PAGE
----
Over 75% of residents have left University College Dublin (UCD) since March, according to figures revealed to The College Tribune. Over 2,300 students have officially cancelled their on-campus accommodation with under 750 remaining in place. As of April 23rd, there have been no positive cases of COVID-19 in the residences.
The majority of those who have cancelled their tenancies early are entitled to a pro-rata refund. A university spokesperson has confirmed to the Tribune that “most of these have been processed and the remainder are underway.”
A number of students have also been moved to facilitate their self-isolation on campus. “As you may be aware, we have looked after a number of students who were in self isolation and depending on their living arrangements, some were moved for the duration of their self isolation so that they could be supported by the Residences team, but they are all back in their original rooms now. One student was moved to accommodate these support arrangements.”
On April 22nd, the Tribune received a statement from the university on their progress with handling the situation on-campus. “It is important to record that when many universities across the world were evicting their students when the COVID-19 pandemic broke, UCD gave a commitment to keep residences open, to take care of students who were put into isolation, and to offer accommodation to students who were evicted by private landlords, or whose personal circumstances required accommodation support. […] The President alongside the UMT will continue to take decisions that safeguard UCD students.”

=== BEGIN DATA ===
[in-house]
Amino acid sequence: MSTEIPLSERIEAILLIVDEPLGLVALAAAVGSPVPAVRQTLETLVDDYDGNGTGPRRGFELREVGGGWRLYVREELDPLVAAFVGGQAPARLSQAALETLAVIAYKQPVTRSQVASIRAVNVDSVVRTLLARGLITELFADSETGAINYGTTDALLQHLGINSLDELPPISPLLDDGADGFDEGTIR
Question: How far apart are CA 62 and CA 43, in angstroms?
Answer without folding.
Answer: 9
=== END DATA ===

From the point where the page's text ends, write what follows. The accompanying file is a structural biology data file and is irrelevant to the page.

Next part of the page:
In an email to students on March 19th, Deputy President and Registrar Mark Rogers invited displaced students to move to the residences. “Students who are well and living in rented accommodation off campus who face housing problems because of COVID-19 eg if a landlord requires the property, may now apply for on-campus accommodation.” As of April 23rd, less than ten students availed of this offer. The rent applied to the new arrivals is calculated on a weekly basis.
Phase 1 of the 2,200+ bed masterplan is due to introduce an additional 924 beds for use on-campus from September 2020. Phase 2 would introduce approximately 1,250 more beds to Belfield campus. The new residences are currently due to be completed by 2024. The university has not responded to requests for information on the progress of the new residences on-campus in light of COVID-19 restrictions on the construction industry in Ireland.
In 2006, a room in UCD’s cheapest accommodation block in the Belfield campus cost €3,544 from September to May, with an additional fee of €353 for utilities and insurance. The base fee has increased by 88.57% to €6,683, a raw increase of €3,139. By 2022, the most expensive accommodation facilities will cost over €12,000 for a nine-month tenancy during the academic year.
Conor Capplis – Editor